Austin briefing

Austin Recommends Removing Sexual Assault Cases from the Chain of Command as Chiefs Express Unease

Defense Secretary Lloyd J. Austin III is recommending that the military remove the prosecution of sexual assault and related crimes from the chain of command amid a Congressional push to reform military justice and an independent commission’s review of Defense Department policies. Austin, in a June 22 statement, said he reviewed the recommendations of the Independent Review Commission on Sexual Assault and Sexual Harassment and that “in coming days” he will recommend to President Joe Biden to amend the Uniform Code of Military Justice to remove the decision to prosecute sexual assaults and related crimes, to include domestic violence, from a commander’s purview.

Which Wings Would Lose A-10s Under USAF Plan

The Air Force’s plan to cut 42 A-10 Warthogs in fiscal 2022 targets Davis-Monthan Air Force Base, Ariz., and the Indiana Air National Guard, but while those wings would lose Warthogs, they would pick up new missions. The Air Force wants to cut the Warthog fleet by 22 percent, from 281 aircraft to 218, in order to gain money and manpower for other needs. Even after the cut, however, A-10s would still outnumber F-22s, ensuring the close-air support jet will still be there if needed into the 2030s. Beyond that, USAF officials believe the Warthog will no longer be viable.

Senate Committee Advances Air Force Undersecretary Nominee

The Senate Armed Services Committee advanced the nomination of Gina Ortiz Jones to become undersecretary of the Air Force on June 22, setting her up for a confirmation vote on the Senate floor in the coming weeks. Jones’ approval comes three weeks after the same committee advanced Frank Kendall III for the position of Secretary of the Air Force. No floor vote has been announced for either Kendall or Jones.

Space War, Like the Cold War, Is All Risk, No Reward

War in space will take on aspects of the Cold War in the future, as space powers vie for supremacy but seek to avoid the kind of kinetic warfare that could wipe out satellite constellations and undermine global activity on Earth. Two officials with the Air Force Research Laboratory shared their vision during the Defense One Tech Summit on June 22, with Col. Eric J. Felt, director of AFRL’s Space Vehicles Directorate, and Kelly D. Hammett, director of its Directed Energy Directorate. The two described a future where deterrence and "unattributable" attacks are the norm, much like the cat-and-mouse days of the Cold War when the United States and Soviet Union competed but simultaneously sought to avoid all-out nuclear war.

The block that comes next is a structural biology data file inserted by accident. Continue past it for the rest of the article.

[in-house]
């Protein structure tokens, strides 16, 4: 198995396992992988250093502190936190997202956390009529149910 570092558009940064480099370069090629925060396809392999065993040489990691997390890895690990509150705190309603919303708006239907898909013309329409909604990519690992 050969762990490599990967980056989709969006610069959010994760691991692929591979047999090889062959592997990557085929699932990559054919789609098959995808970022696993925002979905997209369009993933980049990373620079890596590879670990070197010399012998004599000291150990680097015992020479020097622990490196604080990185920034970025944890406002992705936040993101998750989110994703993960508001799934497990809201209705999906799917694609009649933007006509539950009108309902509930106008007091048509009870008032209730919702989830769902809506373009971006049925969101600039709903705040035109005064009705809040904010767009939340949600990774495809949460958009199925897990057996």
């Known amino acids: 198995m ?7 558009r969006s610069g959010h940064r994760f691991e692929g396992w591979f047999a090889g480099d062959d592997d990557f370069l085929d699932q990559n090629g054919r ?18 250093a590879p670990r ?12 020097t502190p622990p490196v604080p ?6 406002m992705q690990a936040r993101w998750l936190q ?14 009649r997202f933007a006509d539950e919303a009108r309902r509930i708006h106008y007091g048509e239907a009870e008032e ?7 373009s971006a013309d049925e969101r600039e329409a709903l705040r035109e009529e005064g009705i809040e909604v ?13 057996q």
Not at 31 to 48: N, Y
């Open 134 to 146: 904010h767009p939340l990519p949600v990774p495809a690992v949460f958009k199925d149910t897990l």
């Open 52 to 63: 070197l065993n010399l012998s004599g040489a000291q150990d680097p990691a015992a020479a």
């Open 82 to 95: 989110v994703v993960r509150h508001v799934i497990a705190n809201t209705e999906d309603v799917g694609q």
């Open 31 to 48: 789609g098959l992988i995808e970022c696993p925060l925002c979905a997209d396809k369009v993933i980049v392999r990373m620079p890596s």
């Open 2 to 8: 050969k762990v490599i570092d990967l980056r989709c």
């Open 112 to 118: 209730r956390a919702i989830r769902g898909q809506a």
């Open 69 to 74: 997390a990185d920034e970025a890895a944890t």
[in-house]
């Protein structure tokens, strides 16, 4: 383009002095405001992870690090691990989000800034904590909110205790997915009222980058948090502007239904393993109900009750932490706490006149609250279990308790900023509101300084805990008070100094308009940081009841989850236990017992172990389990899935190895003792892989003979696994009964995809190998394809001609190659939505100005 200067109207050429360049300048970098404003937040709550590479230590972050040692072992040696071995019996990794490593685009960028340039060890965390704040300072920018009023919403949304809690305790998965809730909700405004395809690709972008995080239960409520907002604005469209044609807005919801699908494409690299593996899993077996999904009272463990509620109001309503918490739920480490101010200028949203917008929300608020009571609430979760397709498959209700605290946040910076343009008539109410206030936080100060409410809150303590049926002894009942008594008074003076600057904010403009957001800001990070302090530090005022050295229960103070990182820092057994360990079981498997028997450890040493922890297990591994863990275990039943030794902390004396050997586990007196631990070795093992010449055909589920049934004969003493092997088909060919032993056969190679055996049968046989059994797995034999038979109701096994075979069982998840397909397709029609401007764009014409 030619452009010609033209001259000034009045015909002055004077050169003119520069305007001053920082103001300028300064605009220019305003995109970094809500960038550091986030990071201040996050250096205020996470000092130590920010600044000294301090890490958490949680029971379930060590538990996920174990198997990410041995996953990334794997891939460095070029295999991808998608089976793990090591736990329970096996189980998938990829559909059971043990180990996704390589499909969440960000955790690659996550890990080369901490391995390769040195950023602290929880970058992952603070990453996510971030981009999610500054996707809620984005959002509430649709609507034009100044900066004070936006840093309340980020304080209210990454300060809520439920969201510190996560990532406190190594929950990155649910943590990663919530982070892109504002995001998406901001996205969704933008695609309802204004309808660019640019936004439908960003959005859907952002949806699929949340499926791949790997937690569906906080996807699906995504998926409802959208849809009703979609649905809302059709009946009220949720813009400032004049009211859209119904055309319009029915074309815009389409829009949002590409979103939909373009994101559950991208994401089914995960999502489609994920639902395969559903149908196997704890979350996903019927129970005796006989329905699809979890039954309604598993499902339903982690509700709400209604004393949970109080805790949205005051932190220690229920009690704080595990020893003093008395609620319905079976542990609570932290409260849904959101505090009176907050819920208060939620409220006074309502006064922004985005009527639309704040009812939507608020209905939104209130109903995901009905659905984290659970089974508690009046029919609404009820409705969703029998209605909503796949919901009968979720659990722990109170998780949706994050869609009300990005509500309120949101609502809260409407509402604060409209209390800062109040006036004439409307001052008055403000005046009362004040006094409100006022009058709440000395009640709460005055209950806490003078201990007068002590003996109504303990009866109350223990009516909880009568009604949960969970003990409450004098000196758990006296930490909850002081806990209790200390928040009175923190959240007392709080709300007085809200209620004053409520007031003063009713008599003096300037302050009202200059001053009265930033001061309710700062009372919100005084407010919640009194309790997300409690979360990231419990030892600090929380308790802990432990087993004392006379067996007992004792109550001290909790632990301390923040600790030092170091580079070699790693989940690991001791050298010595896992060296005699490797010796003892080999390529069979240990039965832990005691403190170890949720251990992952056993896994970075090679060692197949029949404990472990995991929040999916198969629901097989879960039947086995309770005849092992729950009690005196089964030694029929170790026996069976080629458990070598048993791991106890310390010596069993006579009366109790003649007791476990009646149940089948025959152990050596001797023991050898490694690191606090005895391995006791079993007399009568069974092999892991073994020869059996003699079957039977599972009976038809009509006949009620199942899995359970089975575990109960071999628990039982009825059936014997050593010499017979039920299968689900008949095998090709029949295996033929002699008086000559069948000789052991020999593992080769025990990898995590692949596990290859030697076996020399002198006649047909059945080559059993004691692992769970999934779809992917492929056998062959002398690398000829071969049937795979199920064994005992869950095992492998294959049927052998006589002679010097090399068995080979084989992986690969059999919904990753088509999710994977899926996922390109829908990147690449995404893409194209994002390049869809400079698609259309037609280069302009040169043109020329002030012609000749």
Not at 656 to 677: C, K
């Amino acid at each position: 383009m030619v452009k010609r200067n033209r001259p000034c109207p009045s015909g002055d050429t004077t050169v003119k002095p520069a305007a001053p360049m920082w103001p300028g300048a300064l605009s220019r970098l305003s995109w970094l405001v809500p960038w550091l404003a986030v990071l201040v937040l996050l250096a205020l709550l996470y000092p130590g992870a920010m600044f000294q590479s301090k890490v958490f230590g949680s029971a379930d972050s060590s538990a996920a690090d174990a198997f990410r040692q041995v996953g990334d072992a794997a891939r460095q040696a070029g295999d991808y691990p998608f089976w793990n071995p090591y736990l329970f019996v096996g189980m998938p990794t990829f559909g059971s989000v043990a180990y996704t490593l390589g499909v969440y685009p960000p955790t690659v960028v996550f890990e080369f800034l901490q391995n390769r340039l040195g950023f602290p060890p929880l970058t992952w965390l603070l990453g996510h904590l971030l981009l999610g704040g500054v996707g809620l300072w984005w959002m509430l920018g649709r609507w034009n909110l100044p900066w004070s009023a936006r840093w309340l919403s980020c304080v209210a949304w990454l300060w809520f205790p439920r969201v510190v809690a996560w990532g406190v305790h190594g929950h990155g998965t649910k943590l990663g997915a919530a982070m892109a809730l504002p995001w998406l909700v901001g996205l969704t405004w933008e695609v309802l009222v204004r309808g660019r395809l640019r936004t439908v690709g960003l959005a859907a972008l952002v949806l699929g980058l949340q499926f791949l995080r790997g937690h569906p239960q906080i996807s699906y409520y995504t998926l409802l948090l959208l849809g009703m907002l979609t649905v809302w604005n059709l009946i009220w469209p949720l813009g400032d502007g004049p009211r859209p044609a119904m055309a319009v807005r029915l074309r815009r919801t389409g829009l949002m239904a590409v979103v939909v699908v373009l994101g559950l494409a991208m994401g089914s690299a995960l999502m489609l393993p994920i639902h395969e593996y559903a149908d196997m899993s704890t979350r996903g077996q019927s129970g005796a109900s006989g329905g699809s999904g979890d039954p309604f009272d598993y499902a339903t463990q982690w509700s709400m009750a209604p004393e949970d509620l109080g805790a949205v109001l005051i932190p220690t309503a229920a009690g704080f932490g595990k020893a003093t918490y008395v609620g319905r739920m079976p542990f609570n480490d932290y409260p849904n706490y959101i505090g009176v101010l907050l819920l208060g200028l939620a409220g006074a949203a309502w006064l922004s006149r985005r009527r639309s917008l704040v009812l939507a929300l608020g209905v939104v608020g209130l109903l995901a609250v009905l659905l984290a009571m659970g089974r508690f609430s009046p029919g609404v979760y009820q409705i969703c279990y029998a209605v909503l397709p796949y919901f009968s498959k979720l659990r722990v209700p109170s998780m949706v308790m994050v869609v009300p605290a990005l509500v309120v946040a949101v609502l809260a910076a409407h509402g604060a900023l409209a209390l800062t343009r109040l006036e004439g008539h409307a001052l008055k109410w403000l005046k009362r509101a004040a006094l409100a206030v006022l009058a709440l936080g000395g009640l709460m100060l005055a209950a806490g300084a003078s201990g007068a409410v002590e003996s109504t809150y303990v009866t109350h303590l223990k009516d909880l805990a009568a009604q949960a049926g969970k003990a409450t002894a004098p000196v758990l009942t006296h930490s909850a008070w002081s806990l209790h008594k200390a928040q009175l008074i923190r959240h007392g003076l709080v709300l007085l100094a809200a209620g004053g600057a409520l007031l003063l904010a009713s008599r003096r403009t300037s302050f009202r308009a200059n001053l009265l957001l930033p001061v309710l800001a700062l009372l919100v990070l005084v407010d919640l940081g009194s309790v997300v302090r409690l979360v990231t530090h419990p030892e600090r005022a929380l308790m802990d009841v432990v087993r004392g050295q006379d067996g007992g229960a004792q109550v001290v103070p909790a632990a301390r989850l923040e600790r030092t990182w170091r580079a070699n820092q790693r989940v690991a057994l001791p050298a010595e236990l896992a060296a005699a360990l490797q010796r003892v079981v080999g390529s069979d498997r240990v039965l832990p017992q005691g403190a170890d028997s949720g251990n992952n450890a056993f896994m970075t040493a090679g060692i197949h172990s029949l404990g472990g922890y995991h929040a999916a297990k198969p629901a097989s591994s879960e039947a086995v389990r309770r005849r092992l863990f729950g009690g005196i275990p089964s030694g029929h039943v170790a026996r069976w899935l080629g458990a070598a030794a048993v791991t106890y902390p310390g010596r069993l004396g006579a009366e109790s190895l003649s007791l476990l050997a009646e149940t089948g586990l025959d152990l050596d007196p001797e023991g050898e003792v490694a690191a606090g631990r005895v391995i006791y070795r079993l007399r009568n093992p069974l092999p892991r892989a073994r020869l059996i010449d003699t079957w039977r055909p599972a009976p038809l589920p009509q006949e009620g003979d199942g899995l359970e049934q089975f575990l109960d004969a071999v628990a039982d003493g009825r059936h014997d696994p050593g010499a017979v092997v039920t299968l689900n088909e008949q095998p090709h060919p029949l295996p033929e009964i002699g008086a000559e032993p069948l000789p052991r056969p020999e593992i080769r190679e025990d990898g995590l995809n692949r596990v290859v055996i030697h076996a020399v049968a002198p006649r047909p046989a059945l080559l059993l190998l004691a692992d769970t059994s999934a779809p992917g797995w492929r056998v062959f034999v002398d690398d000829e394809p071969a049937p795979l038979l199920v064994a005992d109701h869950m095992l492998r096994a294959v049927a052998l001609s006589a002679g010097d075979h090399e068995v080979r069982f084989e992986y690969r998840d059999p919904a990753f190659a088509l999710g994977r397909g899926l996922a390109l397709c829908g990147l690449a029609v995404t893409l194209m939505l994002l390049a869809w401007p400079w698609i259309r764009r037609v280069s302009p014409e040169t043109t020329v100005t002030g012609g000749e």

Afghanistan Withdrawal Continues as Taliban Makes Gains

The U.S. withdrawal from Afghanistan continues on pace, and though Taliban violence has increased—with the group taking more districts from the Kabul-based government—there are no plans to slow the drawdown yet. U.S. Central Command said June 22 that more than 50 percent of the withdrawal had been completed as of that day. The command has said it won't be more specific about the pace because of security concerns. It said in a release that 763 C-17 loads of material had been removed from the country and that 14,790 pieces of equipment had been handed over to the Defense Logistics Agency for “disposition.” Six facilities had been handed over to the Afghan Ministry of Defense. 

Radar Sweep

Air Force Flight Lines Are Under Threat From Drones, And It Wants Your Ideas On How To Protect Them

The Drive

The U.S. Air Force is asking for outside ideas on how to secure its flight lines at permanent and temporary air bases both at home and abroad. AFWERX, a USAF program aimed at bringing innovation and entrepreneurs to Air Force programs, has announced a set of challenges as part of its Revolutionizing USAF Flightline Operations initiative. The challenge seeks proposals for new ideas related to flightline security operations, including the increasingly pressing goal of neutralizing unmanned aerial systems (UAS) that intrude into these highly sensitive areas.

Fights Over Money, Ships, and Planes Set to Lead Defense Debates